For Korman, the decision to rezone the land is solely economic. “The single family [home] market has been basically dry in this part of the city—and basically everywhere in the city,” explains Peter Kelsen, the attorney representing Korman. “[Development] can’t be done in the conventional, single-family configuration. There’s just no economic basis for it and no real market for it.”
Korman first approached Councilman Johnson about their plan in February 2012. During the meeting, the Councilman recommended that the developers talk with the Refuge as well as residents about their intentions. “I think how the project probably got off to a bad start is there was some surveying … from the Korman group, which they have the right to do, technically, but some of the community folk got riled up and thought the project was a done deal,” says the Councilman. After that, he continues, there was misinformation on both sides.
Korman disagrees, and insists they’ve been transparent with the community. “[I]t is patently untrue that the residents were not courted,” says Kelsen. “We went to the designated individuals we were told had stakeholder status so that we could begin the informational process.”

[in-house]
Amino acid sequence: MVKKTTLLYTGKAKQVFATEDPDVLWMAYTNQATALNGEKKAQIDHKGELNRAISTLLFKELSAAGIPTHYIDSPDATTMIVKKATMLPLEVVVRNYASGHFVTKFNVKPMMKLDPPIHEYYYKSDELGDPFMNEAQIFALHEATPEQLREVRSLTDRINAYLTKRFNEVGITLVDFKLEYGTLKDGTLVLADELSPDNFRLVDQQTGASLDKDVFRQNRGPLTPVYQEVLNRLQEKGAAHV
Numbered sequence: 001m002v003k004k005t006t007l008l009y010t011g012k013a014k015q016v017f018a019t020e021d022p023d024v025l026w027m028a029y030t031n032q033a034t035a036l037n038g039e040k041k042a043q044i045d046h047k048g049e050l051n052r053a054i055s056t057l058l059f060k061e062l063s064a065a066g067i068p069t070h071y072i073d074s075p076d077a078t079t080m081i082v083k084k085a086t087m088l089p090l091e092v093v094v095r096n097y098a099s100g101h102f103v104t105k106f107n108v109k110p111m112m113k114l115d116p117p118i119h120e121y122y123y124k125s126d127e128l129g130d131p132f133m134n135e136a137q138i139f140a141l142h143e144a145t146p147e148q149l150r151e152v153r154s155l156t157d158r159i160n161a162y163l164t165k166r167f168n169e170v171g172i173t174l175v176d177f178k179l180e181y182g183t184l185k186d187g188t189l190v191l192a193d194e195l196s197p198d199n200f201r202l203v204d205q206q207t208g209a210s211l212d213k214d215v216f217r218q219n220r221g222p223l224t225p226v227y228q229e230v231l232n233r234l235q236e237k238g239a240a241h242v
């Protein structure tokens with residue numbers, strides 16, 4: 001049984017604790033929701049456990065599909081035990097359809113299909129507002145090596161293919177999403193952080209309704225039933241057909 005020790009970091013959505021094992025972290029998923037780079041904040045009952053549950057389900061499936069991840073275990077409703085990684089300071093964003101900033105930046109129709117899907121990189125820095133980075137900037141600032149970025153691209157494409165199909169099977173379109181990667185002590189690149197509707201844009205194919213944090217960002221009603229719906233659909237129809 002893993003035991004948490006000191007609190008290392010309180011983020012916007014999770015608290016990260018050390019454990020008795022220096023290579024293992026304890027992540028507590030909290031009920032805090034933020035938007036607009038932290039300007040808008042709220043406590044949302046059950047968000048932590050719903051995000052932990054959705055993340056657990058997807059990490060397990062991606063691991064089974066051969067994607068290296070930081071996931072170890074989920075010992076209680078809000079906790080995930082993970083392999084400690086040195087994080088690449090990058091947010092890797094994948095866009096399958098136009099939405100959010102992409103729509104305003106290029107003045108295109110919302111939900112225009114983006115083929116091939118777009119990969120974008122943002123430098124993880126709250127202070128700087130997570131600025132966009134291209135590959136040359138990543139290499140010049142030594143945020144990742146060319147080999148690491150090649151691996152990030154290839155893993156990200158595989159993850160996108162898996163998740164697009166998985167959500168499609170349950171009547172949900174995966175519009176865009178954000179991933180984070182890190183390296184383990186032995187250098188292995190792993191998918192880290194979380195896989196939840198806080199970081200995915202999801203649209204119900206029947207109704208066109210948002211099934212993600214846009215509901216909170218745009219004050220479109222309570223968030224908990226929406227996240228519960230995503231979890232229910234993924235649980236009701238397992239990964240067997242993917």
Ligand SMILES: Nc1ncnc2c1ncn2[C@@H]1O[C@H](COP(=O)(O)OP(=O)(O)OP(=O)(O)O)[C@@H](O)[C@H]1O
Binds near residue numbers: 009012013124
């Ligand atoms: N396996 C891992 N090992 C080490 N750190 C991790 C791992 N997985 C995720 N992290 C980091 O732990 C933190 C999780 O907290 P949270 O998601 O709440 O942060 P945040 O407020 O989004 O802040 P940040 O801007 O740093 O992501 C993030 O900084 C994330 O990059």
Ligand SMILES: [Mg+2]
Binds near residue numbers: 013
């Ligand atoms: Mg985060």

When pressed, Kelsen wouldn’t name the specific stakeholders, although he claimed meetings were held as early as March. Residents cite their first meeting as April. Kelsen was equally evasive when City Council asked him during the zoning hearing for evidence of the meetings. In the hearing transcript Councilwoman Blondell Reynolds Brown asks for record of Korman’s meetings with the community, to which Kelsen responded: “I could provide that. I don’t have it immediately but within a few—within a few moments I could give you that.” Kelsen never provided the follow-up information.
Korman’s Second Attempt
Korman’s plan would build 722 apartments and 1,034 parking spaces to accommodate up to 1,000 additional residents. Compared with other apartment complexes Korman has already built in Eastwick, this one would occupy only 20 percent of the land, leaving room for green space. The development would be surrounded by a buffer of trees, and there’s open space designated for a community garden and dog park. The apartments themselves will have a more modern, sustainable design that includes non-VOC paints, energy efficient appliances, and recycled and renewable materials. Although the buffer will be made of native tree species—a solution discussed with the Refuge—the apartments will still share a backyard with current Eastwick residents. Monique Holland lives with her father in one of those homes. “Whatever happens,” she says, “we would be boxed in.”